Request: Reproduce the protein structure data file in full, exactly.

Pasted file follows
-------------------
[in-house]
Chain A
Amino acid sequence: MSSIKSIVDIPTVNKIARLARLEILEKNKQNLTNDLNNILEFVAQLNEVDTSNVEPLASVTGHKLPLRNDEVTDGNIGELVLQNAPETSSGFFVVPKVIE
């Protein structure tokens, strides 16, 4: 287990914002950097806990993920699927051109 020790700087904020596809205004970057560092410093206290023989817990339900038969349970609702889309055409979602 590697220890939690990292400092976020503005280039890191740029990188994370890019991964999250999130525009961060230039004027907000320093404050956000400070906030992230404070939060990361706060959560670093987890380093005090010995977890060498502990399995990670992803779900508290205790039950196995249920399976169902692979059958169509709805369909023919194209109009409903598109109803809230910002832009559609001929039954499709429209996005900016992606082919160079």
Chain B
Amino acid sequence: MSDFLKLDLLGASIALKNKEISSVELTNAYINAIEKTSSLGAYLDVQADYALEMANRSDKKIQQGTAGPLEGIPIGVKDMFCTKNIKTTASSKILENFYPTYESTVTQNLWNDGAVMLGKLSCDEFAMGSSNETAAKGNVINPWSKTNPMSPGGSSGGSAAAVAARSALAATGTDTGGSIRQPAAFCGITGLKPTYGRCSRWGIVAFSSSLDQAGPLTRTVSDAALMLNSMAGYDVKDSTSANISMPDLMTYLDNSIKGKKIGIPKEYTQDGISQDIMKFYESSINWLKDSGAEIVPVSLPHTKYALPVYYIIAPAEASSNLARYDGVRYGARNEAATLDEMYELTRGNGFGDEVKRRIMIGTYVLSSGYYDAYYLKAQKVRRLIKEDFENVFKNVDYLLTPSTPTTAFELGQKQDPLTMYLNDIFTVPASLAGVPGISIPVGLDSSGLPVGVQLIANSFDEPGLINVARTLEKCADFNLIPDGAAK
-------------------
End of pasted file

[in-house]
Chain A
Amino acid sequence: MSSIKSIVDIPTVNKIARLARLEILEKNKQNLTNDLNNILEFVAQLNEVDTSNVEPLASVTGHKLPLRNDEVTDGNIGELVLQNAPETSSGFFVVPKVIE
């Protein structure tokens, strides 16, 4: 287990914002950097806990993920699927051109 020790700087904020596809205004970057560092410093206290023989817990339900038969349970609702889309055409979602 590697220890939690990292400092976020503005280039890191740029990188994370890019991964999250999130525009961060230039004027907000320093404050956000400070906030992230404070939060990361706060959560670093987890380093005090010995977890060498502990399995990670992803779900508290205790039950196995249920399976169902692979059958169509709805369909023919194209109009409903598109109803809230910002832009559609001929039954499709429209996005900016992606082919160079």
Chain B
Amino acid sequence: MSDFLKLDLLGASIALKNKEISSVELTNAYINAIEKTSSLGAYLDVQADYALEMANRSDKKIQQGTAGPLEGIPIGVKDMFCTKNIKTTASSKILENFYPTYESTVTQNLWNDGAVMLGKLSCDEFAMGSSNETAAKGNVINPWSKTNPMSPGGSSGGSAAAVAARSALAATGTDTGGSIRQPAAFCGITGLKPTYGRCSRWGIVAFSSSLDQAGPLTRTVSDAALMLNSMAGYDVKDSTSANISMPDLMTYLDNSIKGKKIGIPKEYTQDGISQDIMKFYESSINWLKDSGAEIVPVSLPHTKYALPVYYIIAPAEASSNLARYDGVRYGARNEAATLDEMYELTRGNGFGDEVKRRIMIGTYVLSSGYYDAYYLKAQKVRRLIKEDFENVFKNVDYLLTPSTPTTAFELGQKQDPLTMYLNDIFTVPASLAGVPGISIPVGLDSSGLPVGVQLIANSFDEPGLINVARTLEKCADFNLIPDGAAK